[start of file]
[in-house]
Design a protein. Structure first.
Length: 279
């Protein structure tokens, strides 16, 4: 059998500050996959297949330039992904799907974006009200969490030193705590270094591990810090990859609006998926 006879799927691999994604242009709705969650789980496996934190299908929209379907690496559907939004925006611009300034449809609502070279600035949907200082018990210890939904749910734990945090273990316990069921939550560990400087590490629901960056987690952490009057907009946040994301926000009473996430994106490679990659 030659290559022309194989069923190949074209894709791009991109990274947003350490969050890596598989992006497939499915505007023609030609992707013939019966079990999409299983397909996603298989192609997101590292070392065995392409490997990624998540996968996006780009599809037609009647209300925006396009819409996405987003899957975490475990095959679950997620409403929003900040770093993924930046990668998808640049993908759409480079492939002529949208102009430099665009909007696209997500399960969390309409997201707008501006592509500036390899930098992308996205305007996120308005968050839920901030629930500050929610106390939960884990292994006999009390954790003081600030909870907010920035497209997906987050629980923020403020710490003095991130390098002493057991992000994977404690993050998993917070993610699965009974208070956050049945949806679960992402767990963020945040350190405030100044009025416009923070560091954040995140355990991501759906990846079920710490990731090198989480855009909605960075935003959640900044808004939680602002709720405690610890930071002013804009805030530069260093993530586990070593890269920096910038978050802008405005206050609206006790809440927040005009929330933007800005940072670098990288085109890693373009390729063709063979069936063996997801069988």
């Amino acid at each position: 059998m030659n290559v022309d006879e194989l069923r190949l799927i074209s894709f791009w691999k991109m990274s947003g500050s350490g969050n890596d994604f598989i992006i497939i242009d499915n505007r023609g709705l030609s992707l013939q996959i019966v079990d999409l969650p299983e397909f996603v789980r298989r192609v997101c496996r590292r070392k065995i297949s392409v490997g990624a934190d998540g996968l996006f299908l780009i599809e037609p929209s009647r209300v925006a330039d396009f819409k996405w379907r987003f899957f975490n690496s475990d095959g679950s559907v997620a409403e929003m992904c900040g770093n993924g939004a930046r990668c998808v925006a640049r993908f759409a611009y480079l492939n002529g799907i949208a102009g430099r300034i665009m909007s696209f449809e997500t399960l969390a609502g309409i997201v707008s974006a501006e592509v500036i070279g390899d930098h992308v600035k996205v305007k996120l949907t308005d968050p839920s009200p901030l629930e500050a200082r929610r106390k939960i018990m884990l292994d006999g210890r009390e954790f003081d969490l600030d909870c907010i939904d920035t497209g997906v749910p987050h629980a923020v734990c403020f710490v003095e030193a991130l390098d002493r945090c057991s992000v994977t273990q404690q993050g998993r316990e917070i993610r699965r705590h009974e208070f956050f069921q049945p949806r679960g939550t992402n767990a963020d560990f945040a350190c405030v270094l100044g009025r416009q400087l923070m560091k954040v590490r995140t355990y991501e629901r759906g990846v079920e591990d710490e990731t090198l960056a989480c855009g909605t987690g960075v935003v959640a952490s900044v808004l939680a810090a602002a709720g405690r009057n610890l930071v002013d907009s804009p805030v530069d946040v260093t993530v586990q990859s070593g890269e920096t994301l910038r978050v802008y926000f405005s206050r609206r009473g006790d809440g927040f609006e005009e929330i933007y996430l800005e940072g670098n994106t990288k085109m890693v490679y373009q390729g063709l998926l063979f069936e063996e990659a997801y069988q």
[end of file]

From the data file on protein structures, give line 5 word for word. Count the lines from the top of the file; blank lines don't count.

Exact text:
């Amino acid at each position: 059998m030659n290559v022309d006879e194989l069923r190949l799927i074209s894709f791009w691999k991109m990274s947003g500050s350490g969050n890596d994604f598989i992006i497939i242009d499915n505007r023609g709705l030609s992707l013939q996959i019966v079990d999409l969650p299983e397909f996603v789980r298989r192609v997101c496996r590292r070392k065995i297949s392409v490997g990624a934190d998540g996968l996006f299908l780009i599809e037609p929209s009647r209300v925006a330039d396009f819409k996405w379907r987003f899957f975490n690496s475990d095959g679950s559907v997620a409403e929003m992904c900040g770093n993924g939004a930046r990668c998808v925006a640049r993908f759409a611009y480079l492939n002529g799907i949208a102009g430099r300034i665009m909007s696209f449809e997500t399960l969390a609502g309409i997201v707008s974006a501006e592509v500036i070279g390899d930098h992308v600035k996205v305007k996120l949907t308005d968050p839920s009200p901030l629930e500050a200082r929610r106390k939960i018990m884990l292994d006999g210890r009390e954790f003081d969490l600030d909870c907010i939904d920035t497209g997906v749910p987050h629980a923020v734990c403020f710490v003095e030193a991130l390098d002493r945090c057991s992000v994977t273990q404690q993050g998993r316990e917070i993610r699965r705590h009974e208070f956050f069921q049945p949806r679960g939550t992402n767990a963020d560990f945040a350190c405030v270094l100044g009025r416009q400087l923070m560091k954040v590490r995140t355990y991501e629901r759906g990846v079920e591990d710490e990731t090198l960056a989480c855009g909605t987690g960075v935003v959640a952490s900044v808004l939680a810090a602002a709720g405690r009057n610890l930071v002013d907009s804009p805030v530069d946040v260093t993530v586990q990859s070593g890269e920096t994301l910038r978050v802008y926000f405005s206050r609206r009473g006790d809440g927040f609006e005009e929330i933007y996430l800005e940072g670098n994106t990288k085109m890693v490679y373009q390729g063709l998926l063979f069936e063996e990659a997801y069988q």